Flexible retirement income – pension drawdown
When it comes to assessing pension options, flexibility is the main attraction offered by income drawdown plans, which allow you to access your money while leaving it invested, meaning your funds can continue to grow.
This option normally means you take up to 25% of your pension pot, or of the amount you allocate for drawdown, as a tax-free lump sum, then re-invest the rest into funds designed to provide you with a regular taxable income.
You set the income you want, though this might be adjusted periodically depending on the performance of your investments. You need to manage your investments carefully because, unlike a lifetime annuity, your income isn’t guaranteed for life.
You may be able to ask your pension provider to invest your pension pot in a flexi-access drawdown fund. If you have a ‘capped’ drawdown fund, you can keep it or ask your pension provider to convert it to flexi-access drawdown.
Small cash sum withdrawals – tax-free
This is an important consideration for those weighing up pension options at age 55, the earliest age at which you can take up to 25% of your pension pot tax-free. You should ask yourself whether you really need the money now. If you can afford to leave it invested until you need it then it has the opportunity to grow further.
For each cash withdrawal, the remaining counts as taxable income and there could be charges each time you make a cash withdrawal and/or limits on how many withdrawals you can make each year. With this option, your pension pot isn’t re-invested into new funds specifically chosen to pay you a regular income and it won’t provide for a dependant after you die.
There are also more tax implications to consider than with the previous two options. So, if you can, it may make more sense to leave your pension pot to grow so you can enjoy a larger tax-free amount in years to come. Remember, you don’t have to take it all at once – you can take it in several smaller amounts if you prefer.
Combination – mix and match
Of all the pension options, if appropriate to your particular situation, it may suit you better to combine those mentioned above. You might want to use some of your savings to buy an annuity to cover the essentials (rent, mortgage or household bills), with the rest placed in an income drawdown scheme that allows you to decide how much you can afford to withdraw and when.
Alternatively, you might want more flexibility in the early years of retirement, and more security in the later years. If that is the case, this may be a good reason to delay buying an annuity until later in life.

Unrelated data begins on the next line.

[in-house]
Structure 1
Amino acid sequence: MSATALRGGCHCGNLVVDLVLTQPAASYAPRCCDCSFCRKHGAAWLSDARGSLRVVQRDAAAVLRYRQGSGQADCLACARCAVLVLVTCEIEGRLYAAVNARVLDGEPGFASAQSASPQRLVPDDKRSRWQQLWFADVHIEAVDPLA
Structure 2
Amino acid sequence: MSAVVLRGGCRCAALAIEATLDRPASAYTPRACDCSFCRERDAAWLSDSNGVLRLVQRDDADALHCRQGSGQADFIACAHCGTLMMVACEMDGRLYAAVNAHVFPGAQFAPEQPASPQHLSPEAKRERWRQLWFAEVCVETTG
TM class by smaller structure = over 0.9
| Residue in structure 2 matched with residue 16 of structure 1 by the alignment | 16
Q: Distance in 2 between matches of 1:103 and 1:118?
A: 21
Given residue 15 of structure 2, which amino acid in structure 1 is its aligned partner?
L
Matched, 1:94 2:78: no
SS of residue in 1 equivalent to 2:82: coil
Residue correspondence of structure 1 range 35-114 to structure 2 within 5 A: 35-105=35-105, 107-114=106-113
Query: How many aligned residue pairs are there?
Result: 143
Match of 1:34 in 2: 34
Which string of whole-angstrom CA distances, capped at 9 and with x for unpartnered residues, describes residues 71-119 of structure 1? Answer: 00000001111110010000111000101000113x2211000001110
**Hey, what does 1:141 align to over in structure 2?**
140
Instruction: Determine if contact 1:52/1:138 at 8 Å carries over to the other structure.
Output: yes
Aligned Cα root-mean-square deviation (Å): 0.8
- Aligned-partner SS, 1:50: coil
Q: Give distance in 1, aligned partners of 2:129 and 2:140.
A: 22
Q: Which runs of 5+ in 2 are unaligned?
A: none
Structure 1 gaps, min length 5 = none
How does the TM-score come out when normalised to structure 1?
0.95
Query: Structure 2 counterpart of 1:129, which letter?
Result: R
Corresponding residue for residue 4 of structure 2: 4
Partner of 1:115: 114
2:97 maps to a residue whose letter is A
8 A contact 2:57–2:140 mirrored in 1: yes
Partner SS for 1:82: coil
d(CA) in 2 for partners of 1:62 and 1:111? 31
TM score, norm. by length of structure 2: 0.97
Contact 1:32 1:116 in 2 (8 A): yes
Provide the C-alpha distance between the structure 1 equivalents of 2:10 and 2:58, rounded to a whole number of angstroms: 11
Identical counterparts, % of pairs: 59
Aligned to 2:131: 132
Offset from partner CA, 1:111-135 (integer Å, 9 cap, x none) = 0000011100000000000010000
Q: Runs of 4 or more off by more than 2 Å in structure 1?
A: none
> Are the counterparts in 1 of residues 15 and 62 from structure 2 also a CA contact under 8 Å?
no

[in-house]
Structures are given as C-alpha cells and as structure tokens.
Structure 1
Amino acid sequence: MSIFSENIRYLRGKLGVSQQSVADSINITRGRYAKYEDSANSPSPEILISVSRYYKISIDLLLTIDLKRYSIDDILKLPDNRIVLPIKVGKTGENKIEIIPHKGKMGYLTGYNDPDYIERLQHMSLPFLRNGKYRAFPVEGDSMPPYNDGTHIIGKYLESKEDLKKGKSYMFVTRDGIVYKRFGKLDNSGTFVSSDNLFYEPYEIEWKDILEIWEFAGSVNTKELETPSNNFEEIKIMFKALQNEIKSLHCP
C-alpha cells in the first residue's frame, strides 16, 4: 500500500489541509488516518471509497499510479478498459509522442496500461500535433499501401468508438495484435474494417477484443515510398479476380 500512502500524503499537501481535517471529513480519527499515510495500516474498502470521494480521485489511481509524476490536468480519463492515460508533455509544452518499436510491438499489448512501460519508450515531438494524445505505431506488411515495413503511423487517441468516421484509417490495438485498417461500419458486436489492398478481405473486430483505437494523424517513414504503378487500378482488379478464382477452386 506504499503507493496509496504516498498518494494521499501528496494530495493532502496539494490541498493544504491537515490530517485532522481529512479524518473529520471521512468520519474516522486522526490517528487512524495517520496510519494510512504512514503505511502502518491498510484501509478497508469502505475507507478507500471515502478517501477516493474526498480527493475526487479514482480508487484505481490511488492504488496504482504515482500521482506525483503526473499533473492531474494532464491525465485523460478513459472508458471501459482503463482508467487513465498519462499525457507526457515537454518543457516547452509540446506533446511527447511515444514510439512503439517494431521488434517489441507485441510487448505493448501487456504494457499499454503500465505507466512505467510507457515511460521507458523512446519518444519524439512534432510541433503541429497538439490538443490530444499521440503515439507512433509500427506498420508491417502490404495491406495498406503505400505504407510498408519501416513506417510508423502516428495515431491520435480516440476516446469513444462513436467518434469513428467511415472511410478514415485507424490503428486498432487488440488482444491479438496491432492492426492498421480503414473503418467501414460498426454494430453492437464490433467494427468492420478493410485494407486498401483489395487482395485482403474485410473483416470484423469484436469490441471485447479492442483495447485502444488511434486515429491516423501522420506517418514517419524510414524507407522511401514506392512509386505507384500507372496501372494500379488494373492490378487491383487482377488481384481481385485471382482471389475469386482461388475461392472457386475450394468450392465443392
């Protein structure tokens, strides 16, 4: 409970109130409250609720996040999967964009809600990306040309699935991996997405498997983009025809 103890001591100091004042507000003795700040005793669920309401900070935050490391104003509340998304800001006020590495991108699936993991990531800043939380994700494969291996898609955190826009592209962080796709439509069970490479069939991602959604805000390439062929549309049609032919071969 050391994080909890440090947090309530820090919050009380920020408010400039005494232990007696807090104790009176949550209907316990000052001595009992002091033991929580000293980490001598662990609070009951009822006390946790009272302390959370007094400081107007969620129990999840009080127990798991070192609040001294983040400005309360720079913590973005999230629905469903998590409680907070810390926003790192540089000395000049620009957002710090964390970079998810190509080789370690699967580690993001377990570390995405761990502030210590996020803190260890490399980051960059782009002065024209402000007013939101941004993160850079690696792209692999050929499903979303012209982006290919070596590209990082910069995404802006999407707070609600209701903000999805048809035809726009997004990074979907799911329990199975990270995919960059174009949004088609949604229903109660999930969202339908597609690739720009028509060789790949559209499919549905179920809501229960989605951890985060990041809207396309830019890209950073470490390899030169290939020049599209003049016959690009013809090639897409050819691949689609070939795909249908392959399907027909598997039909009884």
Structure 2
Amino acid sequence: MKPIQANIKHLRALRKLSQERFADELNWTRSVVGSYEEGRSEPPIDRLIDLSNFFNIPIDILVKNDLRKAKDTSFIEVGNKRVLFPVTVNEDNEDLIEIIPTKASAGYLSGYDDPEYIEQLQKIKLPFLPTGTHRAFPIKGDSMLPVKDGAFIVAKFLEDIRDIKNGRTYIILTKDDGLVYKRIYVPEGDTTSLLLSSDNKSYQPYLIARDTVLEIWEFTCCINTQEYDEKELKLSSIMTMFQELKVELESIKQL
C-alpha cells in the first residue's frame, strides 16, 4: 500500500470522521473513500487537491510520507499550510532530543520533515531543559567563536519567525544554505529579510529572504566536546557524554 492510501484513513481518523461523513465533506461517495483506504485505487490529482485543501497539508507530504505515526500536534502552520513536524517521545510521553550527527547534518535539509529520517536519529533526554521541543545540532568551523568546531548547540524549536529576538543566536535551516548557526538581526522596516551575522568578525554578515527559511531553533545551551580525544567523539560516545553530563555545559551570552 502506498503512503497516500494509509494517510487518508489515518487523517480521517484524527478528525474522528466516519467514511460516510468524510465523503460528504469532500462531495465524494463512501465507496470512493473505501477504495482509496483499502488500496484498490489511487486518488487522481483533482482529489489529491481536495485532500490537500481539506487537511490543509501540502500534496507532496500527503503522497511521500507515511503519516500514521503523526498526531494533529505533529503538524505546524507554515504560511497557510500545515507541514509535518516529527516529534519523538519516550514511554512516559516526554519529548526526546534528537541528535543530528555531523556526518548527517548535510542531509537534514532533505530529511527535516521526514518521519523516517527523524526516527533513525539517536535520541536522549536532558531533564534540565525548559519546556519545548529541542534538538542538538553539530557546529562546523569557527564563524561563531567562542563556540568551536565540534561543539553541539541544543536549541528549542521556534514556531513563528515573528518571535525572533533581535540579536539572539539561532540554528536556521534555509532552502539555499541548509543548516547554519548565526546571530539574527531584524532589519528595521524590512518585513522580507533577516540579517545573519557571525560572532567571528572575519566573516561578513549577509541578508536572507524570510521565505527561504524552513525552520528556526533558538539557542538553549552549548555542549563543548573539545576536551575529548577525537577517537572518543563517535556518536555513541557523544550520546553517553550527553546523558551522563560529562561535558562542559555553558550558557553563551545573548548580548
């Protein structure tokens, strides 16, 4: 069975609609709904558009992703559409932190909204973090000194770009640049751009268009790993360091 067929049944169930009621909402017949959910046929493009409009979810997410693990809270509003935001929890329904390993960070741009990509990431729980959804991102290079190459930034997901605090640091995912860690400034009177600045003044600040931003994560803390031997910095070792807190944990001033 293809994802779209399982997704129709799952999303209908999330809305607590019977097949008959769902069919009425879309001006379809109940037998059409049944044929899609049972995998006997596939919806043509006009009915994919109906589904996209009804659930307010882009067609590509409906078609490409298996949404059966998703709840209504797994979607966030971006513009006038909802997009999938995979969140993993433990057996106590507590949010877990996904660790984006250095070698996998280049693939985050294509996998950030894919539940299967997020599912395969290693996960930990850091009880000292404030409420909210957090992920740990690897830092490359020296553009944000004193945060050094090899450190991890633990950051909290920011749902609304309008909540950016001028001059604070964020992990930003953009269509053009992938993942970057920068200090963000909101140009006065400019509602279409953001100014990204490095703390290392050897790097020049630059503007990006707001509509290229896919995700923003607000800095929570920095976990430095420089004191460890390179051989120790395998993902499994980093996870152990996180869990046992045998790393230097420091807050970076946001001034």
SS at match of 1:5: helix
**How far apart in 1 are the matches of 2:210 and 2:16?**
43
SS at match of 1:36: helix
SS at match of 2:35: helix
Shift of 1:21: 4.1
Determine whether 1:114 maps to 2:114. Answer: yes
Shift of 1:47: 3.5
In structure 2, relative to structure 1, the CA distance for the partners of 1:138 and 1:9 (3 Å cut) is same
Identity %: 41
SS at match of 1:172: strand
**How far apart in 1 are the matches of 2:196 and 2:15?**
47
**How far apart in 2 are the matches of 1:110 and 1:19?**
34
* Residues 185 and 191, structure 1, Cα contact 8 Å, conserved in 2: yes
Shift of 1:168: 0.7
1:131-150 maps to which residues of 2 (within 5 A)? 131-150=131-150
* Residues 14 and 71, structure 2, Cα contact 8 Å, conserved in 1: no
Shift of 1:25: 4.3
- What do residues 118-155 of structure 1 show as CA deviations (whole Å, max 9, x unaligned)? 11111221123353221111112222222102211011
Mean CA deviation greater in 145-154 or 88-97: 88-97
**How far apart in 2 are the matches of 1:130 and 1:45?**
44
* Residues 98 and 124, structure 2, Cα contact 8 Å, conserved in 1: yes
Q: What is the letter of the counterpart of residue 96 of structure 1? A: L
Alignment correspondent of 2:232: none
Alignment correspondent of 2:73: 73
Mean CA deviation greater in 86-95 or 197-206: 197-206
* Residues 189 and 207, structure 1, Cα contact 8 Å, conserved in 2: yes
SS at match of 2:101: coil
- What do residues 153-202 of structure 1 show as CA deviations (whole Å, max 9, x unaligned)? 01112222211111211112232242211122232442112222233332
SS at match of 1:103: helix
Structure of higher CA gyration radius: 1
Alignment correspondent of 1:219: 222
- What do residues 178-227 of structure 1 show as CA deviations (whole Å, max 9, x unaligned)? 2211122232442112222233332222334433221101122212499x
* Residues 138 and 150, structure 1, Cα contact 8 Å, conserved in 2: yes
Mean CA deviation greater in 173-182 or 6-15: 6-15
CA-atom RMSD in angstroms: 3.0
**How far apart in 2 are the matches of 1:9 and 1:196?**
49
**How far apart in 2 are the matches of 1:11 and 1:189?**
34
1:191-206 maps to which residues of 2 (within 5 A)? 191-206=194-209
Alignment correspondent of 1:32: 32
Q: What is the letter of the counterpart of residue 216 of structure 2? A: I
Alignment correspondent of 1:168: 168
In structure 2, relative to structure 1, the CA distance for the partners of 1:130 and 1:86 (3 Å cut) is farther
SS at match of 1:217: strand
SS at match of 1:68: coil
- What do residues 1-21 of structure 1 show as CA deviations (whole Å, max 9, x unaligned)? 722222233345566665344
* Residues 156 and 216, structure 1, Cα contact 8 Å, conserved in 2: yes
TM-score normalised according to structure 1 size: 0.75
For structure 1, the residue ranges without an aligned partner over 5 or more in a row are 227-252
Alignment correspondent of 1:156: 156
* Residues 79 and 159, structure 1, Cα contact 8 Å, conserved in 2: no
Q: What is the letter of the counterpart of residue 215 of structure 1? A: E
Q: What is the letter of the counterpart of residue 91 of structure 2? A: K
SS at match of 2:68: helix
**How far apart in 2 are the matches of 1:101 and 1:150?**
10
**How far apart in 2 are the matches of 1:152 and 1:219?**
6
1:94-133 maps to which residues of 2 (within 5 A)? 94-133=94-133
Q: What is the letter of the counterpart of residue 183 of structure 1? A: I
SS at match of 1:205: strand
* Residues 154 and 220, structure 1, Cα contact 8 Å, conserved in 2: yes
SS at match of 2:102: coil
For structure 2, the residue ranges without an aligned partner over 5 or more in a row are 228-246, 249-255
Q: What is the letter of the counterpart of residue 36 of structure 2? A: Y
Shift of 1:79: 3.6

The value of retirement planning advice
There will be a number of questions you will need answers to before deciding how to use your pension savings to provide you with an income.
- How much income will each of my withdrawals provide me with over time?
- Which withdrawal option will best suit my specific needs?
- How much money can I safely withdraw if I choose flexi-access drawdown?
- How should my savings be invested to provide the income I need?
- How can I make sure I don’t end up with a large tax bill?
Tax on your pension
When you receive money from a pension, you pay tax on any income above your tax-free personal allowance.
Your pension provider will take off any tax you owe before you receive money from your pension pot. You may have to pay a higher rate of tax if you take large amounts and you may owe extra tax at the end of the tax year.
Top 5 things to consider before withdrawing money from your pension
- Pensions freedoms: Familiarise yourself with the pensions freedoms so you are aware of your options. You can now do a lot more with your pension pot than previously. Everyone is different and it is important to find the right solution for your circumstances. What risks are you willing to take?
- Saving requirements: Consider the amount of money you will need each month to maintain your lifestyle. Ask yourself: How much might I need? How much might I get? Do I still have a mortgage to pay off? What other sources of income do I have, and do I need my pension to keep up with inflation? Could I consider working for longer? Do I want to have annual holidays
- Costs later in retirement: Think about costs later in your retirement. What will your living costs be in the future? Care needs are not a subject we are comfortable thinking about but it is important to have conversations about it with your family, as well as Powers of Attorney, Wills and inheritance.
- Health and life expectancy: We often vastly underestimate this, but evidence shows we are mostly living longer, with a growing variation in healthy life expectancy. If you have a partner, do you need to provide for them financially after you die, or are you relying on them?
- Obtain professional financial advice: Few of us may expect to give up work altogether in our 50s. But a growing number of us are dipping into our pension before retirement age. Before we get into the different ways you could withdraw money, there are some more general things to think about first. Try asking yourself the following questions: How long will I need my money to last? How long do I want to keep working? How much tax might I pay? Could my health and lifestyle affect what I get? How much do I want to leave behind?
A year lost for saving and a year added for spending
An increasing number of people have been forced into early retirement due to the economic impact of the coronavirus (COVID-19), with many worried about how they’ll make ends meet in the future. Because of the pandemic, we are currently in a challenging economic period. The global economy has taken over ten years to recover from the shock of the last financial crisis.